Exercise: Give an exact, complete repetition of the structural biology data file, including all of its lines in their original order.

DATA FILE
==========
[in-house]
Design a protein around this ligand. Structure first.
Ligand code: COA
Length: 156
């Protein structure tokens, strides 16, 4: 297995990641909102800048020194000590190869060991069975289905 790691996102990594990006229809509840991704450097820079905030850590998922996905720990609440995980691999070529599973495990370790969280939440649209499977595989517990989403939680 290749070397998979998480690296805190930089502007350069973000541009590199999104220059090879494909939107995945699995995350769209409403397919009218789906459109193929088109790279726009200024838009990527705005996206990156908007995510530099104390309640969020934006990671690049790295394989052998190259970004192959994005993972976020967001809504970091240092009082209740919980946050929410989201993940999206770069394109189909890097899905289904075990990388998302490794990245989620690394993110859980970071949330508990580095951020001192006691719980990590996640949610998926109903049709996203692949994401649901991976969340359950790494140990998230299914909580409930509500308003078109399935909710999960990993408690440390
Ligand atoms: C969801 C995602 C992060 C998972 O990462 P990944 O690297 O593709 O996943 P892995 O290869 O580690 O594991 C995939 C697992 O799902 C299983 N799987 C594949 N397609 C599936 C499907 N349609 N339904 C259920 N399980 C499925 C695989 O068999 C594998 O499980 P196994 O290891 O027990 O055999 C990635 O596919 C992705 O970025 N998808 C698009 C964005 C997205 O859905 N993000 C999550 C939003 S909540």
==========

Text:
[in-house]
Design a protein around this ligand. Structure first.
Ligand code: COA
Length: 156
């Protein structure tokens, strides 16, 4: 297995990641909102800048020194000590190869060991069975289905 790691996102990594990006229809509840991704450097820079905030850590998922996905720990609440995980691999070529599973495990370790969280939440649209499977595989517990989403939680 290749070397998979998480690296805190930089502007350069973000541009590199999104220059090879494909939107995945699995995350769209409403397919009218789906459109193929088109790279726009200024838009990527705005996206990156908007995510530099104390309640969020934006990671690049790295394989052998190259970004192959994005993972976020967001809504970091240092009082209740919980946050929410989201993940999206770069394109189909890097899905289904075990990388998302490794990245989620690394993110859980970071949330508990580095951020001192006691719980990590996640949610998926109903049709996203692949994401649901991976969340359950790494140990998230299914909580409930509500308003078109399935909710999960990993408690440390
Ligand atoms: C969801 C995602 C992060 C998972 O990462 P990944 O690297 O593709 O996943 P892995 O290869 O580690 O594991 C995939 C697992 O799902 C299983 N799987 C594949 N397609 C599936 C499907 N349609 N339904 C259920 N399980 C499925 C695989 O068999 C594998 O499980 P196994 O290891 O027990 O055999 C990635 O596919 C992705 O970025 N998808 C698009 C964005 C997205 O859905 N993000 C999550 C939003 S909540």